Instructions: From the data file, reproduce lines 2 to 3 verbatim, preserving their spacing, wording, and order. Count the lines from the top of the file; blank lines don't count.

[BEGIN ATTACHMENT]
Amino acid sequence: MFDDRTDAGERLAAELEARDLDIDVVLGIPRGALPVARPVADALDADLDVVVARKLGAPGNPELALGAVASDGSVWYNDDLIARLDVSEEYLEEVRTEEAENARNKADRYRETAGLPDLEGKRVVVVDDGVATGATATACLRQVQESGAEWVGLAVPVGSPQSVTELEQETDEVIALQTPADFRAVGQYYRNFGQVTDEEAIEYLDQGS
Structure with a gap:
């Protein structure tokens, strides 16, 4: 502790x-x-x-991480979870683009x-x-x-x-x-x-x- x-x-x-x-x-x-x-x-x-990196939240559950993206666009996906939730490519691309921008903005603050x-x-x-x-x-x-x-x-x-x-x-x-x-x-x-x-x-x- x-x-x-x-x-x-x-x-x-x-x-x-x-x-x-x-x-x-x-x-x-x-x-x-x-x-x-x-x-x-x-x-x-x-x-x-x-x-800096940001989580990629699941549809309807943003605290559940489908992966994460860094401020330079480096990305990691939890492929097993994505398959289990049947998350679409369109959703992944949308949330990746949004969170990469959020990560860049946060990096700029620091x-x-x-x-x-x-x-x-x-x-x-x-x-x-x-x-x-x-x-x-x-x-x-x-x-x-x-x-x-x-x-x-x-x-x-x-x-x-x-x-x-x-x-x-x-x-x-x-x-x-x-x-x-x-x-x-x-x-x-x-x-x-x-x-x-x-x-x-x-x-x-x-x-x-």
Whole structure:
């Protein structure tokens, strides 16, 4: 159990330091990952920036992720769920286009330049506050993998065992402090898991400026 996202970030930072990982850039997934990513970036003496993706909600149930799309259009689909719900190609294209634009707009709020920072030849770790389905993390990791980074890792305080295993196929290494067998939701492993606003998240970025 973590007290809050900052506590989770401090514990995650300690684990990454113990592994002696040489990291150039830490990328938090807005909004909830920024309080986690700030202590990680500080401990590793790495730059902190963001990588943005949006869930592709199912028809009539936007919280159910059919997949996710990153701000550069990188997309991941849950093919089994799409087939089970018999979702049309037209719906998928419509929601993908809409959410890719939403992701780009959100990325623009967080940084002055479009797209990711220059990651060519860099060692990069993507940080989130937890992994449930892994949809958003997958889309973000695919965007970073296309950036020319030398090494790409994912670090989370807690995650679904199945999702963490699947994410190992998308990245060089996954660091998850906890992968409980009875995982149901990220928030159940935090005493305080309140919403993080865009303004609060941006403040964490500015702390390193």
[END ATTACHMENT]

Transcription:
Structure with a gap:
């Protein structure tokens, strides 16, 4: 502790x-x-x-991480979870683009x-x-x-x-x-x-x- x-x-x-x-x-x-x-x-x-990196939240559950993206666009996906939730490519691309921008903005603050x-x-x-x-x-x-x-x-x-x-x-x-x-x-x-x-x-x- x-x-x-x-x-x-x-x-x-x-x-x-x-x-x-x-x-x-x-x-x-x-x-x-x-x-x-x-x-x-x-x-x-x-x-x-x-x-800096940001989580990629699941549809309807943003605290559940489908992966994460860094401020330079480096990305990691939890492929097993994505398959289990049947998350679409369109959703992944949308949330990746949004969170990469959020990560860049946060990096700029620091x-x-x-x-x-x-x-x-x-x-x-x-x-x-x-x-x-x-x-x-x-x-x-x-x-x-x-x-x-x-x-x-x-x-x-x-x-x-x-x-x-x-x-x-x-x-x-x-x-x-x-x-x-x-x-x-x-x-x-x-x-x-x-x-x-x-x-x-x-x-x-x-x-x-």